- Michael Scott the Wizard (? - 1236?)
The Eildon Hills, Scottish Borders, from "Scott's View".
The two deep clefts in the hills were said to have been made by his wizardry.
Michael Scott or Scot was an important philosopher at the Court of the Holy Roman Emperor, whose writings and translations were valued around Europe in the 13th century. His involvement in alchemy, astrology and astronomy gave him a reputation for being a "wizard" which entered the mythology of Scotland, particularly in the Border area. Sir Walter Scott enhanced his reputation when he wrote about him in his ballad "The Lay of the Last Minstrel". Read on for more facts - and fiction.
Where Was Michael Born?
We have to admit that Michael may not have been born in Scotland, even though he became such a well known "character" here. There are suggestions that he was born in Durham in England, of Borders parentage. But others argue that he was from Fife. The Folk Museum at Ceres in Fife claims firmly that he was from Balwearie near Kirkcaldy. His date of birth is also unknown but as he arrived at the Court of the Holy Roman Emperor around 1220, a qualified scholar, he must have been born in the late 12th century. It is not known for certain that his surname was in fact "Scott" or "Scot" as this may have been appended later as he travelled round Europe.
Education and Working Life
Michael Scott is believed to have studied at Oxford and Paris Universities. Graduates often went on cultural tours to other centres of learning (a kind of early PhD). After arriving in Toledo in Spain in the first decade of the 13th century he gained sufficient knowledge of Arabic to translate works of the Greek philosopher Aristotle from Arabic into Latin. The translation was passed to Oxford and other universities where it was new to them as they had been lost for centuries.
He then went to Sicily and became known in papal circles. He worked for both Honorious III and Gregory IX. One of them offered him a "non-resident church living" in Cashel in Ireland. Michael declined on the basis that he did not speak the local language!
His scholarly works eventually reached Frederick II, the Holy Roman Emperor who invited him to his court. While working for Frederick II he produced a "Guide for the Perplexed" which had been written in Arabic and translated into Hebrew which Michael (with the help of Jewish and Arabic scholars) then translated into Latin. Frederick was seeking a "detailed description of the universe" and posed a series of questions which Michael attempted to answer - sometimes with a bit of a smoke screen - "If it is asked where resides the god of Gods and Lord of the rulers of the universe of earth and heaven, we reply that, although He is everywhere potentially, yet He is substantially in the intellectual heaven".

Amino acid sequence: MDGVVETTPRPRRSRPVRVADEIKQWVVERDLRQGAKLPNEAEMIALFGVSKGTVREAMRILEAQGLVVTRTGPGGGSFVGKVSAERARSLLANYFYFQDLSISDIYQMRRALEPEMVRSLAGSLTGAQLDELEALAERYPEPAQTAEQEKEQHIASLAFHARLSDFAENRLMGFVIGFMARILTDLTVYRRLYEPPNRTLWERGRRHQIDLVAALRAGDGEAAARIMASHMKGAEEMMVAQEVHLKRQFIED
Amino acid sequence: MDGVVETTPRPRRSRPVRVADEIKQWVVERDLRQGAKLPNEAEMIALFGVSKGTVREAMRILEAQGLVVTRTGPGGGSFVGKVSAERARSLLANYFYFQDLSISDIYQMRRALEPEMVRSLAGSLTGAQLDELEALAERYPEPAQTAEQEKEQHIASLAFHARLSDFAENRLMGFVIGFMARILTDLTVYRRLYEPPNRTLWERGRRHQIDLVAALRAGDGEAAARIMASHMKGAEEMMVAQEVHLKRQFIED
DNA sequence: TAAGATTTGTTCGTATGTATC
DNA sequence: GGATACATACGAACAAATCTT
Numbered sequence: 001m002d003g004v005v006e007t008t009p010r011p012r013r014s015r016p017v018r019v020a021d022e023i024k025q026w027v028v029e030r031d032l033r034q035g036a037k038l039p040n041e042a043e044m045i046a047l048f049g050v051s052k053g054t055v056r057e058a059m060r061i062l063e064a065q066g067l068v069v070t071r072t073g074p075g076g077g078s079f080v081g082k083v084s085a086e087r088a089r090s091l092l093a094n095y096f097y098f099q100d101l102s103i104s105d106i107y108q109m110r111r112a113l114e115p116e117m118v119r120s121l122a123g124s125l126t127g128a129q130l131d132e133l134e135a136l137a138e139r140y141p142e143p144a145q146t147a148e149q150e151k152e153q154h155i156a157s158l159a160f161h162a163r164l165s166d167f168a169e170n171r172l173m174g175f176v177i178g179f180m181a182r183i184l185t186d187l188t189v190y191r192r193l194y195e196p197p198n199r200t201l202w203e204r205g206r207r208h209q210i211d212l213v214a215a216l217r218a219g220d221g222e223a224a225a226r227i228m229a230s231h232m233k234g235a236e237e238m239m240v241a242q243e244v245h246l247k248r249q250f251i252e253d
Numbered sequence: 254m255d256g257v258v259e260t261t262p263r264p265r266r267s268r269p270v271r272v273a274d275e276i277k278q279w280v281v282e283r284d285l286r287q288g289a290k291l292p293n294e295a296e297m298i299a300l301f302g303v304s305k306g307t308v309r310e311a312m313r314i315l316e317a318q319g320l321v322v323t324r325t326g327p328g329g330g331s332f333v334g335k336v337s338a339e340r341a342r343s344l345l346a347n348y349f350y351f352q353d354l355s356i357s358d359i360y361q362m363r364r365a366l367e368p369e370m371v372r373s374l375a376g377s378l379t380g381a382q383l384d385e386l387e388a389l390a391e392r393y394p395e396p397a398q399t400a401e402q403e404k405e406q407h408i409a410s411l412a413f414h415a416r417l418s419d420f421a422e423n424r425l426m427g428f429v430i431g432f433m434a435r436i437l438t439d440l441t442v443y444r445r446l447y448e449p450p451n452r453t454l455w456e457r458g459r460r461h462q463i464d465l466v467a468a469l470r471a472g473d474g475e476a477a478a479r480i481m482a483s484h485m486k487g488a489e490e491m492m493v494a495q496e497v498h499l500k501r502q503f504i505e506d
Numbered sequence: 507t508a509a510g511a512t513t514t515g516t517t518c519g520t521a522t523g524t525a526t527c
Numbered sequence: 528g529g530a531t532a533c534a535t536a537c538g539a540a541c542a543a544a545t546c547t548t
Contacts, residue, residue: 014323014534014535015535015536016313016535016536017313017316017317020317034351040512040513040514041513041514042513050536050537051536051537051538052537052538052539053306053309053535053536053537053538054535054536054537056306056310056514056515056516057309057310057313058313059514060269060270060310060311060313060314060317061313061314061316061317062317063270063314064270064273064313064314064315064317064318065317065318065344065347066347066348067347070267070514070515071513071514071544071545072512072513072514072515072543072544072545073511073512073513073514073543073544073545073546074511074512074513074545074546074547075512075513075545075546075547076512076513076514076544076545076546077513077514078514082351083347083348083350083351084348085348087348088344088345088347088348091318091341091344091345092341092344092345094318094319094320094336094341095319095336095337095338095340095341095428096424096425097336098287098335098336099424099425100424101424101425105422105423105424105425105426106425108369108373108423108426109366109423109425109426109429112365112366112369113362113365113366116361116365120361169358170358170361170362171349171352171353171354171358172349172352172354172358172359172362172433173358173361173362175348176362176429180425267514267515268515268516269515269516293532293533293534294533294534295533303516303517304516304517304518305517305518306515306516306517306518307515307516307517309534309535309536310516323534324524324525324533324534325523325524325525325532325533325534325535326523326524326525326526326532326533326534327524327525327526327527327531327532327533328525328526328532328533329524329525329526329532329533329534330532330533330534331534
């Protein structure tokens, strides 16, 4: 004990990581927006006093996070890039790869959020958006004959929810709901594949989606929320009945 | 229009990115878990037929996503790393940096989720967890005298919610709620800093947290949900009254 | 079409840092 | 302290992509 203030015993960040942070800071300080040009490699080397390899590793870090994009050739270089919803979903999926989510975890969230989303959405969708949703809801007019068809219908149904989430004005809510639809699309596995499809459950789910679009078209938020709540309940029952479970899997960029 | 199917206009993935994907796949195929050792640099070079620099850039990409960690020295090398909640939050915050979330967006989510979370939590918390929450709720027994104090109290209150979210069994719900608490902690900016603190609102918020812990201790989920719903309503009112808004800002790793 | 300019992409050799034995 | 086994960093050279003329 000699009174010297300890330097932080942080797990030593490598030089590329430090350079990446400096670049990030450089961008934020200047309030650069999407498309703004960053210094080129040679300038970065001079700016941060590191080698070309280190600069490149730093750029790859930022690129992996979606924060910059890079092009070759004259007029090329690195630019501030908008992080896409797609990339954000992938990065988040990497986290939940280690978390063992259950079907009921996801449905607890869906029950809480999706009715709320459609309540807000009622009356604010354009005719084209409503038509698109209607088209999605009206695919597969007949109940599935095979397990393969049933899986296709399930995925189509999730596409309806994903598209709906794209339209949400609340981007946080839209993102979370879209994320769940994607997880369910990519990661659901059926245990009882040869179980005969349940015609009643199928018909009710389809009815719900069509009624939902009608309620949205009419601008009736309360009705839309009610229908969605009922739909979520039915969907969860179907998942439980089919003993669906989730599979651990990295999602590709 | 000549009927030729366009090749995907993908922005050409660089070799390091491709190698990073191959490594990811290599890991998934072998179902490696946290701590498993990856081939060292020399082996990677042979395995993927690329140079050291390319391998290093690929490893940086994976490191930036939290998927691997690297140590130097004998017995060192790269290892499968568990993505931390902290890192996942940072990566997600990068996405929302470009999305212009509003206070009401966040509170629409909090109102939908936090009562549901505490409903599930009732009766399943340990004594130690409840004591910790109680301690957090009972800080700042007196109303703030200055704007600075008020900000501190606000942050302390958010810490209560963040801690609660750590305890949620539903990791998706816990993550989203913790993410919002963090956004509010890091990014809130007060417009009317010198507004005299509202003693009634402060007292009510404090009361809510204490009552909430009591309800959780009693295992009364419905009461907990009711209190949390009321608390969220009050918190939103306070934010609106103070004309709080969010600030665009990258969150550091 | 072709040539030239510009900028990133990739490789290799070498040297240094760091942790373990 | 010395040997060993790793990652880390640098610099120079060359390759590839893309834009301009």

By this time Michael had a reputation not just for translations but also in astrology, alchemy and medicine. He was able to cure some of the Emperor's illnesses and his theories of astrology were of great interest to Frederick II. Michael studied the subject for many years but, to his credit, was somewhat dubious about its reliability, saying that there were too many variables. But he did use astrology to successfully predict the outcome of the Lombard war.
On one occasion, the Emperor asked the Scot to measure the distance between the top of a church tower and Heaven - a task which was duly accomplished. The Emperor then secretly removed a few inches from the top of the tower and asked for another measurement. Michael obviously deduced what was going on and commented afterwards that either Heaven had drawn further away from the earth - or somehow the tower had grown smaller.
Michael had a reputation for being vain about his work and proudly proclaimed that he had witnessed the transformation of copper into silver. Although Michael Scott's fame rests on his scholarly works and his invaluable translations which added to the store of knowledge in his day and later, his skills in astrology and alchemy later earned him the title "wizard".
Where Did Michael Die?
According to Italian traditions, Michael died in Italy at the Court of the Holy Roman Emperor (supposedly from being hit by a piece of masonry falling from a church). But there are also strong beliefs that he returned to Scotland for the last few years of his life, died in the Scottish Borders and was buried in Melrose Abbey (pictured here) - a story which Sir Walter Scott later embellished.
Sir Walter Scott's Contribution
Michael Scott's reputation as a "wizard" entered into the myths and legends of Europe and especially in the Scottish Borders. Writers such as Dante and James Hogg (the Ettrick Shepherd) added to his fame by embellishing the few facts known about him and perpetuating the "wizard" element of his reputation. Never one to pass over a good local legend when he saw one, Sir Walter Scott> also picked up on the stories and wrote extensively about him in the "Lay of the Last Minstrel". It was Sir Walter who wrote that Michael "cleft the Eildon hills in three and bridled the river Tweed with a curb of stone". The "Scott's View" of the Eildon Hills is named after Sir Walter Scott rather than his wizard namesake. Sir Walter also describes in graphic detail in his poem that Michael Scott and his book of wizardry were buried "on a night of woe and dread" in Melrose Abbey - and who would dare argue?
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